Created By: Cartsburn Publishing
You are now in Section 2L. We will start heading back down the hill from now on. Memorialised here are Alex Brown, William Hyde, David MacKail, Stewart Munn, Donald Smith, Samuel Urie, and Douglas Young
Alex Brown, aged 41, was the husband of Elizabeth Diamond Brown, of High Street in Kilmacolm. Alex enlisted in August 1914 and was discharged in June 1916 with wounds. He died in Greenok Infirmary after a lingering illness. The funeral took place with full military honours from his sisters house at 15 Crescent Street in Greenock.
William Hyde is remembered at Tower Hill. William was the son of William and Charlotte. He was First Mate on the British steamship Moresby, which was torpedoed without warning on the 28th November, 1916, by the German submarine U-39 . This ship at once settled down by the stern, and as she disappeared in 12 minutes there was no possibility of getting any of the boats out or doing anything to save life. The submarine was not seen. The chief officer, his wife, one A.B. and 29 crew were lost. The master, second mate, second and third engineers, one A.B. and seven crew were saved.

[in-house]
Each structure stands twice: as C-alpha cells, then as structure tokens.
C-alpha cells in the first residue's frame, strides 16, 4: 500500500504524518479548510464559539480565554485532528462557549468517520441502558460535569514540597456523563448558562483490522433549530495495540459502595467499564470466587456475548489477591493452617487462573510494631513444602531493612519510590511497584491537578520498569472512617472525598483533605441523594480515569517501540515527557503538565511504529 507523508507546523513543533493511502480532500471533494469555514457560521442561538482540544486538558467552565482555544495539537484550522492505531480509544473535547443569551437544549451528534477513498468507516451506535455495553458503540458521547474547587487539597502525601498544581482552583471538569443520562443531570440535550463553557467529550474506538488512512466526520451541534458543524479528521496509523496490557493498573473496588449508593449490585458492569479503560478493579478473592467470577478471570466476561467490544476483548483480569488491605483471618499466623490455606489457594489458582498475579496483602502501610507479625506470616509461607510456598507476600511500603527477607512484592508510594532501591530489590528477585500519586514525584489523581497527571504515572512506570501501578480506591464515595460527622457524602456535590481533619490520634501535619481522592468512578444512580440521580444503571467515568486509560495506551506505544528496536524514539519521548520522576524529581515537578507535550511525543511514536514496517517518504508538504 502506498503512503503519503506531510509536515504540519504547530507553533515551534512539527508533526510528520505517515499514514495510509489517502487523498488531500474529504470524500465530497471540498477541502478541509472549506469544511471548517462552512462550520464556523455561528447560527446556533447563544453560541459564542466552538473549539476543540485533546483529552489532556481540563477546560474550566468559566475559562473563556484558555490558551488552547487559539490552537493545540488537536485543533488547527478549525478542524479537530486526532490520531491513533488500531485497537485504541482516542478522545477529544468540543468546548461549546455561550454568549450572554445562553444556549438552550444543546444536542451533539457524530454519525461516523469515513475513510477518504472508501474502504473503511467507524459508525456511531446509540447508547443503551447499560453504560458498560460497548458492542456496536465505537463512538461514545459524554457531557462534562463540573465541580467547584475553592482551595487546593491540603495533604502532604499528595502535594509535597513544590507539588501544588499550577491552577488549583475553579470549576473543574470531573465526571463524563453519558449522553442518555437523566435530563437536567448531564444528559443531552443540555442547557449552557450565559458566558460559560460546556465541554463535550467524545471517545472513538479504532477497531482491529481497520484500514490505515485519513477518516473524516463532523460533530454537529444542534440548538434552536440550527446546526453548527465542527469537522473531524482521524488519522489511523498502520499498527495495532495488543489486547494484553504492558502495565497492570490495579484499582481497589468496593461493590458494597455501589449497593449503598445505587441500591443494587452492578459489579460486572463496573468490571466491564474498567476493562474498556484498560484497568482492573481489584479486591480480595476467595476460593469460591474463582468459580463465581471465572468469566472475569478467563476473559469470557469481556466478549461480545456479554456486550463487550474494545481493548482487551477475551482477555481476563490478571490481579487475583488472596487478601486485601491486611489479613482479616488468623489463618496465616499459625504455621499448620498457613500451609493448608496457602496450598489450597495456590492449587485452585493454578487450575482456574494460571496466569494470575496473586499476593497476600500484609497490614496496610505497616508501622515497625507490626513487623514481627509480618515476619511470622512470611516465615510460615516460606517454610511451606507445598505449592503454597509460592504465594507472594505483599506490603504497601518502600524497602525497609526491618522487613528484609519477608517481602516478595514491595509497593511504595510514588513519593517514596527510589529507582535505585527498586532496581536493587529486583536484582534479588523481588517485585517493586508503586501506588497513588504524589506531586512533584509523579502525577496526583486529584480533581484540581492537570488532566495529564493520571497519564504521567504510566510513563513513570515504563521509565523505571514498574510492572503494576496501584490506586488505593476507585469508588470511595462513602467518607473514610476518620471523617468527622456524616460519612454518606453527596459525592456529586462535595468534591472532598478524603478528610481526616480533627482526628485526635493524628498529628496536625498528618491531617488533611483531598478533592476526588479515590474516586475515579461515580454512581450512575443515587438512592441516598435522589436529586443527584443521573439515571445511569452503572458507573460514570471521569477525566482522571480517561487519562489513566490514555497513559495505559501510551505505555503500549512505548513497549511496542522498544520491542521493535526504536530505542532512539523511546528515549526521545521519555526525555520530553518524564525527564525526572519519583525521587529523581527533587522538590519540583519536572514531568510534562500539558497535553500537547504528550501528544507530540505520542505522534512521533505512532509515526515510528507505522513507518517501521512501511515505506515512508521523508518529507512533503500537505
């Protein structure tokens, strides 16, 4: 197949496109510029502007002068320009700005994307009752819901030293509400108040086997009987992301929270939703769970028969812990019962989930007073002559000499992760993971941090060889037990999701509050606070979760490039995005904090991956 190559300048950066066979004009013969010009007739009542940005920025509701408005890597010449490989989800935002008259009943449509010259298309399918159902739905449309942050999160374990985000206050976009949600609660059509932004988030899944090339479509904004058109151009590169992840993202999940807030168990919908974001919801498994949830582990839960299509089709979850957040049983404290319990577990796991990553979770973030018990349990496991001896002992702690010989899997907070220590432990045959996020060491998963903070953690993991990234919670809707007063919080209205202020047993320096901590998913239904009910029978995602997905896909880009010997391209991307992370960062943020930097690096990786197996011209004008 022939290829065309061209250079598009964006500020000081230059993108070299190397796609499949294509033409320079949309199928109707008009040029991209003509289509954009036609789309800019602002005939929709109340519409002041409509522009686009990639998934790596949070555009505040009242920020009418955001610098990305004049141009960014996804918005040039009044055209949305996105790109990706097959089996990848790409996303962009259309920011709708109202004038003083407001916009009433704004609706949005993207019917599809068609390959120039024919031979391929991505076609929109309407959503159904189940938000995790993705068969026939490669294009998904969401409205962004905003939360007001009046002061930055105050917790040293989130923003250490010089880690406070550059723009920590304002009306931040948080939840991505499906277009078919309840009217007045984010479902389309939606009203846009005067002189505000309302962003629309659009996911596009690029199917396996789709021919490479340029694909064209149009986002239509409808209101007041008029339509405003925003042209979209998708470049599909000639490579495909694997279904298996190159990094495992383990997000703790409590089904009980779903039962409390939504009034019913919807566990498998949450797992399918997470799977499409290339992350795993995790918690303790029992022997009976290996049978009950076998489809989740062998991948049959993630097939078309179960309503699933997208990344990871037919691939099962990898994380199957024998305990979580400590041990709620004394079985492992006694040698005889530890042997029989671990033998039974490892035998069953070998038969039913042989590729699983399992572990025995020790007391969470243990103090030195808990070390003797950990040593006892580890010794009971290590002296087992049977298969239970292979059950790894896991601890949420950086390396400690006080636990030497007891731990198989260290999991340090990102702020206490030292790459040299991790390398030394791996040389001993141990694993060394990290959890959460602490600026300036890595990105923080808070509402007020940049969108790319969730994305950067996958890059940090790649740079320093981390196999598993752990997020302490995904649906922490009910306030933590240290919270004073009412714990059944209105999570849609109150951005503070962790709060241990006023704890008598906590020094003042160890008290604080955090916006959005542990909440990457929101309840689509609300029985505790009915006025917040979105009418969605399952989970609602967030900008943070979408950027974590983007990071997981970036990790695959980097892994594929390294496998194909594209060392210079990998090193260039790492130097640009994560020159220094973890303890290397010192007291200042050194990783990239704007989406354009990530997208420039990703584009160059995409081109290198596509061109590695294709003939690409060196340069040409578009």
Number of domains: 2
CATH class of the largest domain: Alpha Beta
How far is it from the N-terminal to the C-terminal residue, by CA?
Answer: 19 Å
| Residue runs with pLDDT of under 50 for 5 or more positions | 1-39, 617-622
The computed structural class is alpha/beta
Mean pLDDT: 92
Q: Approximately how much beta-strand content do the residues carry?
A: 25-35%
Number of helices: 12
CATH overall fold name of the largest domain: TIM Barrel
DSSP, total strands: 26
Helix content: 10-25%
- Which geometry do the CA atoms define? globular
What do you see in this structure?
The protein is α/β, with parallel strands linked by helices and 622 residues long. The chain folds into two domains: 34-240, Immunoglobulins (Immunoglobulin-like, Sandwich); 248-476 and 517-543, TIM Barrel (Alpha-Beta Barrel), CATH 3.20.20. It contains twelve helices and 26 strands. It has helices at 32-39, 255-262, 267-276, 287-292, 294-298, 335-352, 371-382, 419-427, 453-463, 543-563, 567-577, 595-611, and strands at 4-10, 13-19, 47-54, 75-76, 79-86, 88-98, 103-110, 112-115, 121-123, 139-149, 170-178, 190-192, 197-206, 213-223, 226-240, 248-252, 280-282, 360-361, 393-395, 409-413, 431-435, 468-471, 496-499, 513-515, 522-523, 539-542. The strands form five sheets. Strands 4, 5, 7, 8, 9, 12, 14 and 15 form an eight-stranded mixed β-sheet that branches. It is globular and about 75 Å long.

David McKail is remembered at Portsmouth Naval Memorial. David served with SS Sarnia as Engineer Sub-Lieutenant. It was sunk by the German submarine U-65 off Alexandria. He had originally signed up with the 5th Argylls but transferred to the Northamptonshire Rifles, and he served in France for two years. Unusually he was transferred to the RNR in June 1918, and posted to the SS Sarnia. David was the son of John Gibbs MacKail and Johanna George Fleming MacKail, 4 Sandringham Terrace, Esplanade in Greenock. He had served an apprenticeship with Caird & Co. Shipbuilders.